Colorado’s Littlest Politicos

Greenwood Village, Colorado—Cory Gardner’s Senate victory makes it a big night for Republicans—and for Robert Case, 15, and his brother Alex Patterson, 13.

Grinning from ear to ear, the two siblings, who’ve volunteered extensively for Colorado’s Republican candidates, spent the evening at the Republicans’ celebration party at the Hyatt Regency Tech Center. They may be the only ones without a drink in hand tonight.

“I’ve done 50 houses today!” Patterson tells me, grinning and wearing a campaign shirt autographed by gubernatorial candidate Bob Beauprez. “I did 30 houses before. I’ve walked three times, and made 120 calls in total. … I’m more passionate about it [this election]. When I was little, I didn’t really pay attention to politics but now that I’m grown, I do.”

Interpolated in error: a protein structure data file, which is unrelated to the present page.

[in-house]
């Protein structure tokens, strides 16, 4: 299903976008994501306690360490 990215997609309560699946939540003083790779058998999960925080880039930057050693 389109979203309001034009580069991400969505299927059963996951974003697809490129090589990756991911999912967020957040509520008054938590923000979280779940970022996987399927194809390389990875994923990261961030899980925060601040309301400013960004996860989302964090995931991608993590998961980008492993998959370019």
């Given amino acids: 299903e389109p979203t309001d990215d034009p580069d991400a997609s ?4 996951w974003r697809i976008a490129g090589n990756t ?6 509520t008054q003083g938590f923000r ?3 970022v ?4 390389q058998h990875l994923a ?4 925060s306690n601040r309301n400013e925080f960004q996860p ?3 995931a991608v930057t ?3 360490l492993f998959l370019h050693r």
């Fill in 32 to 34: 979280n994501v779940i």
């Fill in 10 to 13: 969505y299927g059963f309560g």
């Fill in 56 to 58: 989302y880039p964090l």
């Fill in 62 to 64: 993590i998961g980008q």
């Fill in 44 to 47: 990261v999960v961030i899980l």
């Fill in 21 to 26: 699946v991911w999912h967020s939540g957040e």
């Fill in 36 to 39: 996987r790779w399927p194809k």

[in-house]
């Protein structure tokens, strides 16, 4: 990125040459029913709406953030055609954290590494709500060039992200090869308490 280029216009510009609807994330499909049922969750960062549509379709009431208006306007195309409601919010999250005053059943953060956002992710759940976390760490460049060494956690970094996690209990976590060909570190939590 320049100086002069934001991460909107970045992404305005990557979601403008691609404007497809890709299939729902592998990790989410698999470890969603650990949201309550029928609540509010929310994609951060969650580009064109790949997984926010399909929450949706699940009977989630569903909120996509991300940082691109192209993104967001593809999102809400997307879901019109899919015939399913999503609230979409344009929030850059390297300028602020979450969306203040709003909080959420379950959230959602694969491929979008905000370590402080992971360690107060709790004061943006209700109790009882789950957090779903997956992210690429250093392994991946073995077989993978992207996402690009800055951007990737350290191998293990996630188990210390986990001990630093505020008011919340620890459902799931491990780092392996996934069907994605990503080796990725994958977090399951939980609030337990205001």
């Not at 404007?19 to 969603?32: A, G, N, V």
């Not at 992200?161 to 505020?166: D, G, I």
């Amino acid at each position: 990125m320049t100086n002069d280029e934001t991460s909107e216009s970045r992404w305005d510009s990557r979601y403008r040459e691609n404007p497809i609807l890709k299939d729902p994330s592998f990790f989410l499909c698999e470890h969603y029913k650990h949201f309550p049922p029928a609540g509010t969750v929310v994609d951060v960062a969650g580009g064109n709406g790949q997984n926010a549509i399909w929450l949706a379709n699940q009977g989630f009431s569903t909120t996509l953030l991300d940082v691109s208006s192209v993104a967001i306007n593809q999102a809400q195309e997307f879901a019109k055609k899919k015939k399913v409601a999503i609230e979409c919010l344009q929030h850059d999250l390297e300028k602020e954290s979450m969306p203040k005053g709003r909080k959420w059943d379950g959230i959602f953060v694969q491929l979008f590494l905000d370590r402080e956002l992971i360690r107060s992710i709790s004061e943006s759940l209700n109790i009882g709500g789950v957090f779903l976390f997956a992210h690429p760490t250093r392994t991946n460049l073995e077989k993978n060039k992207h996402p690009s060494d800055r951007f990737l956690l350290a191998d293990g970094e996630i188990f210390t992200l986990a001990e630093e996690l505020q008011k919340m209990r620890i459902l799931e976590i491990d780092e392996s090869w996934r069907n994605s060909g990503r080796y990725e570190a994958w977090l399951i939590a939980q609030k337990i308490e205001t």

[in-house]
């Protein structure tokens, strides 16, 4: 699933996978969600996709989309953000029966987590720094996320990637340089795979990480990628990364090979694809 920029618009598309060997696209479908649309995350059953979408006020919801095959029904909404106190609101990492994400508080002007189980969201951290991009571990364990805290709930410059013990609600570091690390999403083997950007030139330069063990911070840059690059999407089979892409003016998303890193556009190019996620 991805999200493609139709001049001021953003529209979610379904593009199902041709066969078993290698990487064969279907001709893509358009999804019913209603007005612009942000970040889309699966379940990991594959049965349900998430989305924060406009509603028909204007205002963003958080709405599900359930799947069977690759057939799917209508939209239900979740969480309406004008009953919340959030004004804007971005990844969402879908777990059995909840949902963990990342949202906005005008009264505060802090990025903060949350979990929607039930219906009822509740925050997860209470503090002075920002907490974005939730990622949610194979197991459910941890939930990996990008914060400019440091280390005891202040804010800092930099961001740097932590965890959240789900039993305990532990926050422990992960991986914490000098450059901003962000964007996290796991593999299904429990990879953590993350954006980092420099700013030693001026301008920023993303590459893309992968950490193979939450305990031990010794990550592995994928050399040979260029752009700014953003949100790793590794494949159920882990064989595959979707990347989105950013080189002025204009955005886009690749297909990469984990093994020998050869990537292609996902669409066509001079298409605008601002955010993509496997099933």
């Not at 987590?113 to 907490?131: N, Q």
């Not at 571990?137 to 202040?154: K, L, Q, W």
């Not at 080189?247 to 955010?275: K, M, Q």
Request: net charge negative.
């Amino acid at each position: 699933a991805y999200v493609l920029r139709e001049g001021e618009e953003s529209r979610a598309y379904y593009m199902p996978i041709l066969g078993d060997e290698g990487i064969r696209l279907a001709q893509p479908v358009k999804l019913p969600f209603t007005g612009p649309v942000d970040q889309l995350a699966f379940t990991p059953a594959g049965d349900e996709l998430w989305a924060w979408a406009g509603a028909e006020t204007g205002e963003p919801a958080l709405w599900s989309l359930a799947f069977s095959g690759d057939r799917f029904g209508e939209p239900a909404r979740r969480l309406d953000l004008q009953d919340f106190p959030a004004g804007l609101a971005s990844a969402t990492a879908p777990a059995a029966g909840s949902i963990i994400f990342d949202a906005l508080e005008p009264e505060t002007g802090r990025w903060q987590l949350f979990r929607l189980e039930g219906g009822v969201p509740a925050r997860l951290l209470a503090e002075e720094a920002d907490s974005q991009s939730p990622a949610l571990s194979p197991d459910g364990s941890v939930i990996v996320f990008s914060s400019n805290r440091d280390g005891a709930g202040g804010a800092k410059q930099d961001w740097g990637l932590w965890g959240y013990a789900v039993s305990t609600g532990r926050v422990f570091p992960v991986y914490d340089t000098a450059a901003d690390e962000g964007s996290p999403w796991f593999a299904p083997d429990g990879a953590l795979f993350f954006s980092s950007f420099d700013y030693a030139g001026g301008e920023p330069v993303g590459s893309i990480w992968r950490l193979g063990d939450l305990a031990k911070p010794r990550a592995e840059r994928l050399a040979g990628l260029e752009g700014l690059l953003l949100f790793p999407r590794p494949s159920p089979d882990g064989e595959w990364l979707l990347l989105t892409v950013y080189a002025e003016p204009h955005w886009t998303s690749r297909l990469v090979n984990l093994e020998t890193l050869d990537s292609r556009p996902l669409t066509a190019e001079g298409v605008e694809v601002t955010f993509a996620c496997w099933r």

Case says learning more about American history this year has inspired him to get more involved in politics. “I like the ideas,” he says. “I like the morals.”

Case attributes Gardner’s victory to the candidate’s charisma, adding that rival Mark Udall “in the whole election only brought up one issue, about abortion.” Udall “didn’t really bring up things that people cared about,” Case says, adding that because incumbent governor John Hickenlooper addressed more topics and played to the center, his race has been more competitive.

Electoral politics is hereditary for the brothers; mom Amy Ollivier tells me that “literally in the womb, I was walking precincts with Robert.” 

Jillian Kay Melchior — Jillian Kay Melchior writes for National Review as a Thomas L. Rhodes Fellow for the Franklin Center. She is also a senior fellow at the Independent Women’s Forum.

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